George’s resignation is the latest sign of turmoil in the city’s tax office, overseen by Chief Financial Officer Natwar M. Gandhi for more than a decade. Gandhi, who has been widely credited with improving the city’s finances, has come under intense scrutiny in recent weeks. Even Gandhi’s closest allies on the D.C. Council have faulted the agency for failing to release audits that chronicled problems in the tax office.
“This should be a message to the CFO to be more transparent with both the residential and commercial assessment process,” D.C. Council member Jack Evans (D-Ward 2) said Monday.
In recent months, The Washington Post detailed the property tax deals while internal auditors at the agency cited weak oversight of tax office procedures in a March audit.
The agency’s internal affairs chief, William J. DiVello, resigned on the spot this month, complaining that senior managers had refused to make public a revised version of the audit.
Evans said that he confirmed George’s resignation with the general counsel of the Office of the Chief Financial Officer.
An agency official did not respond to an e-mail and a phone call requesting comment. George did not respond to a request for comment that was sent to his personal e-mail account.
At an oversight hearing convened by the D.C. Council Committee on Finance and Revenue last week, Evans raised the issue of George’s D.C. job application. George stated on the application that he had left the job in Georgia because his contract was completed. But his contract had been terminated, and he had sued Fulton County for discrimination and breach of contract.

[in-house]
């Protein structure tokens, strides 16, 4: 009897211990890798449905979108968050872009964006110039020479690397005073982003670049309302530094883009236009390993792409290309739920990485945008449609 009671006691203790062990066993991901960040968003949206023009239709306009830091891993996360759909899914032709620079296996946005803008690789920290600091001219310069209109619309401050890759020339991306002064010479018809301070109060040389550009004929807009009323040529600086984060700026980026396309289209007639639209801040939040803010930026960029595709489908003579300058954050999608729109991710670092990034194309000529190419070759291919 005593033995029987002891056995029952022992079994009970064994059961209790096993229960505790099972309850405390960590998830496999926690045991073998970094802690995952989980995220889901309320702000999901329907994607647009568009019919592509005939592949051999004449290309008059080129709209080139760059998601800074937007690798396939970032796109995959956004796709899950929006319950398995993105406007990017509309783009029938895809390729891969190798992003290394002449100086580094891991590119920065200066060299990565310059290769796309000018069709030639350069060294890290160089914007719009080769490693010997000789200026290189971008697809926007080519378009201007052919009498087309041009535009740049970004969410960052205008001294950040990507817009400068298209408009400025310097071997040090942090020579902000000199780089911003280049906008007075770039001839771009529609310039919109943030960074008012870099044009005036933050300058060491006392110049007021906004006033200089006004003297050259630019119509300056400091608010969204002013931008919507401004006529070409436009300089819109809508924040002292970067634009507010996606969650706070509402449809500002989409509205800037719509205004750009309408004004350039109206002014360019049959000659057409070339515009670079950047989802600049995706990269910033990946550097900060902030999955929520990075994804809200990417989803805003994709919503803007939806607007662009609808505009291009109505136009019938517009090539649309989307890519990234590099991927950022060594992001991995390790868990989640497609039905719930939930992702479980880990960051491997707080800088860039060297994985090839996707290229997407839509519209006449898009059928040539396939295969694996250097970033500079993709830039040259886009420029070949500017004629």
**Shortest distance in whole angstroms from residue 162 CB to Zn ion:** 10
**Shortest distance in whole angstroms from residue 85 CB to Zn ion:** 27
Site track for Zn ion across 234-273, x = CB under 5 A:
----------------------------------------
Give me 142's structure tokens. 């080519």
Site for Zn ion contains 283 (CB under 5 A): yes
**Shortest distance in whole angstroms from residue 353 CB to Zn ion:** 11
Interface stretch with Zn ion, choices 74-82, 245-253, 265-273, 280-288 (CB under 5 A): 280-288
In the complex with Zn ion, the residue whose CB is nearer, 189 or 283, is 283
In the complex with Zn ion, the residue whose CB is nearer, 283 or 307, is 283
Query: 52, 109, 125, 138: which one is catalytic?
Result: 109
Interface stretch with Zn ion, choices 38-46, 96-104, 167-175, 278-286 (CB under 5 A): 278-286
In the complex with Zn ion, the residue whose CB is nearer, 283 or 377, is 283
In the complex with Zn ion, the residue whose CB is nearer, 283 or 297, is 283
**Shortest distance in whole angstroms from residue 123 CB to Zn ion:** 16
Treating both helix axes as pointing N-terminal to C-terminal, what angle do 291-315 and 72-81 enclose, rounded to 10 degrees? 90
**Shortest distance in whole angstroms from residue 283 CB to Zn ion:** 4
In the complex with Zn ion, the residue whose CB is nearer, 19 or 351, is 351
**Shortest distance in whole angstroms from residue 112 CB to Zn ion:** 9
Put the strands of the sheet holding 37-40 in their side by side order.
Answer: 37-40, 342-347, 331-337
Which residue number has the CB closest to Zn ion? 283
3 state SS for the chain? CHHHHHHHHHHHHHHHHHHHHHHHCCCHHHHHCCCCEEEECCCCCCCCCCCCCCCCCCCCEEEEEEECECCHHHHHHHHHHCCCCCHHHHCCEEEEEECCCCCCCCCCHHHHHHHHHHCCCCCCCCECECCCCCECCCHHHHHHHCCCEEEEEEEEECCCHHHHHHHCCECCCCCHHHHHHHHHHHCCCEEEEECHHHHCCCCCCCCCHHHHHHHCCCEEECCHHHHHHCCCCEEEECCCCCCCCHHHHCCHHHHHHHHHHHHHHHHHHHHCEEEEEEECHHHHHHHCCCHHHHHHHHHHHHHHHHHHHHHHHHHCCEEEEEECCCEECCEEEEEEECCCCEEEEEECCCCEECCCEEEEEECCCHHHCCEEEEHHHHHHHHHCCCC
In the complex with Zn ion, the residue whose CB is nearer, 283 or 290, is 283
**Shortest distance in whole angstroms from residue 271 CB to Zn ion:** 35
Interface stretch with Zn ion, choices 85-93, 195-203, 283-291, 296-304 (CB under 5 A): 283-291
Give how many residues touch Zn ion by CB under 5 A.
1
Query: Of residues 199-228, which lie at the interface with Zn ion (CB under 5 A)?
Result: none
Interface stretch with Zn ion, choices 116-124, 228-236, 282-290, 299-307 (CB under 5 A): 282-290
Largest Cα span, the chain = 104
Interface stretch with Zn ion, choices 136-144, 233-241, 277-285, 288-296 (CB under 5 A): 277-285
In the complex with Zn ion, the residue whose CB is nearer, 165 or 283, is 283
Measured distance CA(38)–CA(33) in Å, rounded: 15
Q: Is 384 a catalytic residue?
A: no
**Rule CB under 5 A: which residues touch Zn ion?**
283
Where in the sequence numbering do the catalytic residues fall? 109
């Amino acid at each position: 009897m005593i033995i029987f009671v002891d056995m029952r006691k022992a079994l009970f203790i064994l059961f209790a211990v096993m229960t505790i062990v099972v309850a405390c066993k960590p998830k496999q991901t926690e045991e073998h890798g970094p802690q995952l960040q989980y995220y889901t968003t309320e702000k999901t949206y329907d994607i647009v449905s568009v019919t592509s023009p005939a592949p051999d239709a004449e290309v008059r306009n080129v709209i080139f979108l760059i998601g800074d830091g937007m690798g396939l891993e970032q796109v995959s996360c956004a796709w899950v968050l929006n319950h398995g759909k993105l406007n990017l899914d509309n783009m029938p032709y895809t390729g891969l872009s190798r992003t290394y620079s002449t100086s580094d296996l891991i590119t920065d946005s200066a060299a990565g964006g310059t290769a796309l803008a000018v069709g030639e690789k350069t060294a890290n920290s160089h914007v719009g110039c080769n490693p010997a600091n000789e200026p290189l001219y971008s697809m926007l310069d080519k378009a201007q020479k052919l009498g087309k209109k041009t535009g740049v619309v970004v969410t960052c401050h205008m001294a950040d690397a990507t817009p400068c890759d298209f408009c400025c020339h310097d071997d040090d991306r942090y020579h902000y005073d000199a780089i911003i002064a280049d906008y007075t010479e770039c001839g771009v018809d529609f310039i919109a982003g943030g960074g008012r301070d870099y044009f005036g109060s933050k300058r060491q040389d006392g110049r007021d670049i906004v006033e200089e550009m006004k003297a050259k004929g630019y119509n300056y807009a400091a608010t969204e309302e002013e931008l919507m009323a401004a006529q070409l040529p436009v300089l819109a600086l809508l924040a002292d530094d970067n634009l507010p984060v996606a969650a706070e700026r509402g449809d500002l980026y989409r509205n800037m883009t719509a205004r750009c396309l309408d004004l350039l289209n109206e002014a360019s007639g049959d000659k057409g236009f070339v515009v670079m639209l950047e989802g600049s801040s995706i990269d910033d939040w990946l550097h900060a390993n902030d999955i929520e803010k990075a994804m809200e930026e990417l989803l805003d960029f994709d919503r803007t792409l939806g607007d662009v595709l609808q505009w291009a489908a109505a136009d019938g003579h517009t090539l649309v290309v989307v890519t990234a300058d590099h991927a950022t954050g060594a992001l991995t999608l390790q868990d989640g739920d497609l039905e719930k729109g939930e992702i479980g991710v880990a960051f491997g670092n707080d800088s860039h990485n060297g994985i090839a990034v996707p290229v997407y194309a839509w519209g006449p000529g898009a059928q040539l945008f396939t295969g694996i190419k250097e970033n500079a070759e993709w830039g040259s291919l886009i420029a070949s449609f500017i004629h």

“If he lied on his résumé, he should be fired,” Evans said Monday.
George apparently left the office early Thursday, the day after the hearing, and has not returned, according to people with knowledge of the agency who did not want to be identified because of the sensitivity of the matter.
Questions were first raised about George’s tenure as chief appraiser after The Post reported in August that his office had struck hundreds of deals with commercial property owners, settling tax disputes before the city’s appeals process could play out.
The $2.6 billion in total reductions, which Gandhi has said were necessary to avoid litigation, lowered potential city revenue in 2012 by $48 million from what the original proposed assessments would have generated.
The reductions created dissension within the tax office. One employee filed an anonymous complaint on an employee hotline, and the FBI and internal auditors have been investigating, according to several people familiar with the probe.